(scroll to the bottom for detailed reward images and information)
The exhibit charts the polar projections, global 'over-views,' and immersive maps shared between (civil) defense discourses and the 'Aerial Arts' of Robert Smithson, Walter de Maria, and others.
In drawing out their cartographic response to space (and arms) race rhetoric, the show traverses a moment of global, intimate, and militarized mapping that resonates with our own.
(For a deeper description check out aerial-arts.org)
FUNDING NEEDS AND PROGRESS
Right now, I’m nearly 90% done with the graphics and need, at minimum, $1500 to cover archival, glicee printing ($600), mounting ($600), and to offset travel for out-of-town guest speakers ($300). The remaining goes to miscellaneous installation costs and reward production. Surplus funding will contribute to the cost of curatorial booklets and supplement Studio-X NYC’s event budget.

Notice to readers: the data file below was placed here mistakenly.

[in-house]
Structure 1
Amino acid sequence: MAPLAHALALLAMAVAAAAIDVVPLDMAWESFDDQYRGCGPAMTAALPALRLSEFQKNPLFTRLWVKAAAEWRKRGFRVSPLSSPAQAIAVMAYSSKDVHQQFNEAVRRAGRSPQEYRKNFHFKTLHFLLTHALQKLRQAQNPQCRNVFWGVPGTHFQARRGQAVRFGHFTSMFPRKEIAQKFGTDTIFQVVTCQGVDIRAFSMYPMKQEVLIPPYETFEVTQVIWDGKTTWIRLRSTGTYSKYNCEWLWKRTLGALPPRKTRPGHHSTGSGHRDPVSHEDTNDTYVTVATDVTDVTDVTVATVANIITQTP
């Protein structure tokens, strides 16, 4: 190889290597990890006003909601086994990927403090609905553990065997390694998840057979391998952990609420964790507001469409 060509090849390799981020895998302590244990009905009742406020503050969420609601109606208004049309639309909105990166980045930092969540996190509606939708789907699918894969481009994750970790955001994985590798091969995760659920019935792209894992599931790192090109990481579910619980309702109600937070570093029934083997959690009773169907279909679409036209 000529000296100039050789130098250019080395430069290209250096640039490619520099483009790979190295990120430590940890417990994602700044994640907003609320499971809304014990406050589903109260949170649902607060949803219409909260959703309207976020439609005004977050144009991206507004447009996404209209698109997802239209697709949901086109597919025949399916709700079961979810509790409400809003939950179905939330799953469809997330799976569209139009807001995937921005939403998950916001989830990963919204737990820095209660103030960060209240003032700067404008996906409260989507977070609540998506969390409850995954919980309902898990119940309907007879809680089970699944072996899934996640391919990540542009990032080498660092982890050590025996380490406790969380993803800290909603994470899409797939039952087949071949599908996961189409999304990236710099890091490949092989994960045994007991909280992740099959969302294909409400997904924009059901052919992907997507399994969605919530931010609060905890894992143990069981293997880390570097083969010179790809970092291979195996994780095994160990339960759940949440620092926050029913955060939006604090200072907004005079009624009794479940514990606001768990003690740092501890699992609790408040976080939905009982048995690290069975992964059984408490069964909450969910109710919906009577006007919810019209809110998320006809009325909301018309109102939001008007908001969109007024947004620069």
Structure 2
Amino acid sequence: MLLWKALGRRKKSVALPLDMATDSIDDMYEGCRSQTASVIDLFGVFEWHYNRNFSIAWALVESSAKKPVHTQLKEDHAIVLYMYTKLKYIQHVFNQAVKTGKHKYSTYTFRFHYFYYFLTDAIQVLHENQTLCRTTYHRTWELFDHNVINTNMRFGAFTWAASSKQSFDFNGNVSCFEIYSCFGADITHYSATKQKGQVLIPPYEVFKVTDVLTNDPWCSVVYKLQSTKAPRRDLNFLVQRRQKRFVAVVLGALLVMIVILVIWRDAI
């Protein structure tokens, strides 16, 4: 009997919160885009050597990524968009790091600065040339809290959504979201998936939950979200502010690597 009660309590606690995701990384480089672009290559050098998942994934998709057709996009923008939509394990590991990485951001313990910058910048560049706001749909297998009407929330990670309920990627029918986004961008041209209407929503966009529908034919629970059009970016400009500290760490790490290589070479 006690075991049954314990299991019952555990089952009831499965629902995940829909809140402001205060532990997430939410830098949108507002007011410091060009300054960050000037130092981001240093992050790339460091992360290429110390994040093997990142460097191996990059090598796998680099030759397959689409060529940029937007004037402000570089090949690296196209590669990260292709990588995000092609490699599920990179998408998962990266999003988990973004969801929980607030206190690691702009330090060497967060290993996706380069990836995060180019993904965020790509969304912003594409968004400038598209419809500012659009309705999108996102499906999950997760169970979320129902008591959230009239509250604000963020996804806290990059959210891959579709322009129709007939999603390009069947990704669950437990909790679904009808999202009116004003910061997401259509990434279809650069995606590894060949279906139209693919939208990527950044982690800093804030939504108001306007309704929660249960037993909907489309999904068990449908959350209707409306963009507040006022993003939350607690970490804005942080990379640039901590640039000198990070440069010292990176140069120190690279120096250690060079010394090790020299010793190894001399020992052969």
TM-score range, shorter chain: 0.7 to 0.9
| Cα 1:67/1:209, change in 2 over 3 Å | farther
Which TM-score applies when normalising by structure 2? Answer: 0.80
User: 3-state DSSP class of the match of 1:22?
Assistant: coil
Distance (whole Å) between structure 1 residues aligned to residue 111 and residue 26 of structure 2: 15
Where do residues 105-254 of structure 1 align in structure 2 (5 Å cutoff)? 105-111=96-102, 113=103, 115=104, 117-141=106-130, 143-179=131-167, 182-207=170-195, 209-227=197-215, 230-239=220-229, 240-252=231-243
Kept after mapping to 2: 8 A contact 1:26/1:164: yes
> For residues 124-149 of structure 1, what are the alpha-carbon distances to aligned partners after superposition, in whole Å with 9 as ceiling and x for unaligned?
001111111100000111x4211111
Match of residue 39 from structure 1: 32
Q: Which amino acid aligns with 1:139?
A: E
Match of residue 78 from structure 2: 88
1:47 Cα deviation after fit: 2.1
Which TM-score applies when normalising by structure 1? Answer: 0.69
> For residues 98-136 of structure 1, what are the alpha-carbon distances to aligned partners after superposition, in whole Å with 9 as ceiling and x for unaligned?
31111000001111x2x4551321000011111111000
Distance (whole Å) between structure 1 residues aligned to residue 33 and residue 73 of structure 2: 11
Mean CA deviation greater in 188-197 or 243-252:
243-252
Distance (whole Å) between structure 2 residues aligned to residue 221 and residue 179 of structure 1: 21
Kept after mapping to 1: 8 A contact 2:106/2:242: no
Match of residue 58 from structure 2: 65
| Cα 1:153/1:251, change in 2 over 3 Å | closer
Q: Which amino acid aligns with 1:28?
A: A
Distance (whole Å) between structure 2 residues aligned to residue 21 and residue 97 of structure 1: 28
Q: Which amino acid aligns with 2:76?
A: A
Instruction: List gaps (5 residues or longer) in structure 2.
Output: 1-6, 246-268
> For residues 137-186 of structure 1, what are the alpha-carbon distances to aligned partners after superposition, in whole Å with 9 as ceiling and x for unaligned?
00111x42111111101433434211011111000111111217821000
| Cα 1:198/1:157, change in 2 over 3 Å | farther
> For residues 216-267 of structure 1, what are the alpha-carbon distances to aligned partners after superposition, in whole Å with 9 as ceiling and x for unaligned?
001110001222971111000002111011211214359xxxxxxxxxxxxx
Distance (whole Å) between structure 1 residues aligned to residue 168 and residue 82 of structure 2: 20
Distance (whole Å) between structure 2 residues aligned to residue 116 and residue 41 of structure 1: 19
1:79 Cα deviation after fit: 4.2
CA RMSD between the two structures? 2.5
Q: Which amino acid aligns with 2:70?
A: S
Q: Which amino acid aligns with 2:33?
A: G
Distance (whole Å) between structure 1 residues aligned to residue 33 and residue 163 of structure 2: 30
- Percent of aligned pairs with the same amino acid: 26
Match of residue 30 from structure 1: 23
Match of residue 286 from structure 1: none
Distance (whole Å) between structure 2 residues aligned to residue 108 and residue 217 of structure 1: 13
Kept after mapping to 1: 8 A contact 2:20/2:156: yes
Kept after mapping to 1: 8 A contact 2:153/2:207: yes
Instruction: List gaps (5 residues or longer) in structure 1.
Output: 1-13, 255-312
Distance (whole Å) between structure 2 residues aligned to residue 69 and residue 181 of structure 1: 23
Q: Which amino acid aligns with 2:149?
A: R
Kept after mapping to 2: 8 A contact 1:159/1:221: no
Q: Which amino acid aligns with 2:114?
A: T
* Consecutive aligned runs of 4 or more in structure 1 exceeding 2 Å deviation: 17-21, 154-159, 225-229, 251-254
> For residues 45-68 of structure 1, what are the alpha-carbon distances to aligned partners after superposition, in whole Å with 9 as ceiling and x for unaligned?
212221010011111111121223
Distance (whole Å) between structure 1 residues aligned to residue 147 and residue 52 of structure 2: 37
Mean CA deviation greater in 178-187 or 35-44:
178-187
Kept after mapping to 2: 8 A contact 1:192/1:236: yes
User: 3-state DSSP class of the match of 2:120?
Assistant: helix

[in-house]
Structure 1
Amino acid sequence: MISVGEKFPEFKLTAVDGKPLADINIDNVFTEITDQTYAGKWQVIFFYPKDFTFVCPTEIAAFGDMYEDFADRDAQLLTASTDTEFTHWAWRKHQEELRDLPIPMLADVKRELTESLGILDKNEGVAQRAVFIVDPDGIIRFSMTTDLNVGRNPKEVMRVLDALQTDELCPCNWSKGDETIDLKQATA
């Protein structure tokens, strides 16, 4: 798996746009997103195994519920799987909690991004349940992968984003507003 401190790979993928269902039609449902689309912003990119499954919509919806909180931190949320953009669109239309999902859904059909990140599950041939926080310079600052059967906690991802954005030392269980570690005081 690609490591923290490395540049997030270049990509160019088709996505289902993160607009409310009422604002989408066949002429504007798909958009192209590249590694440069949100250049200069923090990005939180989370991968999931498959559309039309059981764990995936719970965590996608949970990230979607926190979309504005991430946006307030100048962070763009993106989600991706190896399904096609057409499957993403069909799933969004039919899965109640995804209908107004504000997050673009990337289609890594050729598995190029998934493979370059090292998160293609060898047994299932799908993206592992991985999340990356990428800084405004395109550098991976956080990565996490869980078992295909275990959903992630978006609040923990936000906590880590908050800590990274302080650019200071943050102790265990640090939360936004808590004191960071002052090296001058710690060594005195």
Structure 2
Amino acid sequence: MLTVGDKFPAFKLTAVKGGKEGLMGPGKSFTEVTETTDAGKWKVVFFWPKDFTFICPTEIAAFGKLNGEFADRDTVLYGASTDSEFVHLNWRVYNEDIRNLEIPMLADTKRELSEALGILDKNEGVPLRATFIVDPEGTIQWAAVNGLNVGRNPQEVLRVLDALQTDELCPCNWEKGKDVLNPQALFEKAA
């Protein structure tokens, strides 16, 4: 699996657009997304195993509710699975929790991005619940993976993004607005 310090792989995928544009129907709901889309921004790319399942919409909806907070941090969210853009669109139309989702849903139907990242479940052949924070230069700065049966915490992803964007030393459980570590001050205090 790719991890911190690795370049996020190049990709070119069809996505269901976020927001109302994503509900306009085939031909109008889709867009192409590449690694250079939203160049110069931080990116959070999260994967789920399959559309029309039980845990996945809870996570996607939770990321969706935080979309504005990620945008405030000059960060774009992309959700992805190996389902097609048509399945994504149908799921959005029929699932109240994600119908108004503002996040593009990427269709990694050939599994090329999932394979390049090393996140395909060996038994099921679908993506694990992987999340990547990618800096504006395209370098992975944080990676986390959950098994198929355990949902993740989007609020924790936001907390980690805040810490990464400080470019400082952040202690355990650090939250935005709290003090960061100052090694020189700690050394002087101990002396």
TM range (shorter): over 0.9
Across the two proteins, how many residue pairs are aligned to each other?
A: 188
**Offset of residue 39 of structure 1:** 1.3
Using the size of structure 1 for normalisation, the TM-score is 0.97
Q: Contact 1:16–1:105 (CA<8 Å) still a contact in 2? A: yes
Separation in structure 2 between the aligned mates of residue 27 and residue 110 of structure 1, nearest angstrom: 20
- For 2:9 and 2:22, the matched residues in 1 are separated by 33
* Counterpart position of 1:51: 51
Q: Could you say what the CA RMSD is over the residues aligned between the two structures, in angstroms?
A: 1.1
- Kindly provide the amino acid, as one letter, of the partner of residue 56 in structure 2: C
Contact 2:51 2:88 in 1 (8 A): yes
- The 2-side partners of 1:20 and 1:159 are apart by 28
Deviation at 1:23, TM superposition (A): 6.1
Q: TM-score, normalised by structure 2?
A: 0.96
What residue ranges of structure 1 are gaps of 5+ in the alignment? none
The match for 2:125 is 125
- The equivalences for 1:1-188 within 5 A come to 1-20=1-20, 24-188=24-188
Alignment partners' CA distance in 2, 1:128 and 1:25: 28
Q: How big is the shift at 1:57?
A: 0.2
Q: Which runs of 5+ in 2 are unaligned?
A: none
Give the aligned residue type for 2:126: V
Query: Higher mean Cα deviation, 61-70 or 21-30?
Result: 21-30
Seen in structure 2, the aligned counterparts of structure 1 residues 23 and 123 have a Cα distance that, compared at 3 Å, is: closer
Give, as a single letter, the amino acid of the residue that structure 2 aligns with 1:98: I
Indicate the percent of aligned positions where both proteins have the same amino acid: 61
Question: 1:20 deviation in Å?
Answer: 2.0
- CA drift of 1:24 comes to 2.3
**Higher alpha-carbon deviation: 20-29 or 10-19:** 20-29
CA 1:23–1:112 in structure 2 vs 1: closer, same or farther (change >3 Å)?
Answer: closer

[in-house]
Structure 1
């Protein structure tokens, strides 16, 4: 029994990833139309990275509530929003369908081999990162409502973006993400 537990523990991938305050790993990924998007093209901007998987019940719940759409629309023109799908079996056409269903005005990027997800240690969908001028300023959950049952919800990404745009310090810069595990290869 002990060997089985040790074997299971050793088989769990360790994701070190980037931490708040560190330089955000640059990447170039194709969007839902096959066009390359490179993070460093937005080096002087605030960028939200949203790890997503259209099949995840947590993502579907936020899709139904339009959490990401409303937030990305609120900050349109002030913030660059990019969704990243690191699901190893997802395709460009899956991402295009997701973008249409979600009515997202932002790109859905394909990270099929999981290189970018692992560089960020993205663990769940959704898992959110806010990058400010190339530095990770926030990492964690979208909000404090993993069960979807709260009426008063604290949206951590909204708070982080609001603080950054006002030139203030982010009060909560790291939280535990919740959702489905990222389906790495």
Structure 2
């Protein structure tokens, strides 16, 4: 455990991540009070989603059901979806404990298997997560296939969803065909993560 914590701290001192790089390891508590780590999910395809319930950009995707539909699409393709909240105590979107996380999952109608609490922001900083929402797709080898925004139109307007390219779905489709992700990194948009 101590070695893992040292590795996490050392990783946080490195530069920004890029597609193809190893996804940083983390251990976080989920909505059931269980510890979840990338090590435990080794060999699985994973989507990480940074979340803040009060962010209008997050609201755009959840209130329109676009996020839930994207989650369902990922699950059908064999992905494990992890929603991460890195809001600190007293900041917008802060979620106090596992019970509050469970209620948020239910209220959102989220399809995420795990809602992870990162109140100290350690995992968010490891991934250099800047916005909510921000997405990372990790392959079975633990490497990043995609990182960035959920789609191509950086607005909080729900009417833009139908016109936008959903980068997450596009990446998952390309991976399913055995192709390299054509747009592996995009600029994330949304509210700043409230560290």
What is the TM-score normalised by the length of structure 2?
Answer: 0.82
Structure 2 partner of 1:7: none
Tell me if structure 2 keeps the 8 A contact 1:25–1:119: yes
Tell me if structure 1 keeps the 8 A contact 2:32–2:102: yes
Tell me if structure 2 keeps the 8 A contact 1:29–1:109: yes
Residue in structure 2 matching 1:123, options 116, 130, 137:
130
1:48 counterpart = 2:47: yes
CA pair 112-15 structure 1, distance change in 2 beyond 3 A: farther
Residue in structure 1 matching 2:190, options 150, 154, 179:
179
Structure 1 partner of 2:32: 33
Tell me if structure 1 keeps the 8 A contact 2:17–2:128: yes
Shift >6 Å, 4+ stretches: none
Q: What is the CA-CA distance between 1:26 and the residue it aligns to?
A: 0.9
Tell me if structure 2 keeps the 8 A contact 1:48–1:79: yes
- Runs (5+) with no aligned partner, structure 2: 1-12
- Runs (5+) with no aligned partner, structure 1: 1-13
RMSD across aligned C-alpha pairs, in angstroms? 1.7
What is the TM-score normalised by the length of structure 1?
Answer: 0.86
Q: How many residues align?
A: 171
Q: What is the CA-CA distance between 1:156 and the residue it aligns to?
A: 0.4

Please help make this exhibition a success by making a contribution today. For those who can contribute, I’ve got some amazing rewards.It’s all original design (and historic commentary): cartographic buttons, drone decks, and even limited-edition prints!
(scroll down for detailed reward images and information)
Before jumping into details, I want to emphasize that you’ll not only be supporting production, but helping make possible a really rich, collaborative series of conversations on aerial imaging in art, architecture, and urbanism.
Lectures and discussions include (calendar):
William Fox, director of the Center for Art + Environment, on aeriality;
Enrique Ramirez, from Princeton, and Sonja Duemplemann, from Harvard, on the paranoia of reconnaissance photos and camouflaging camouflage;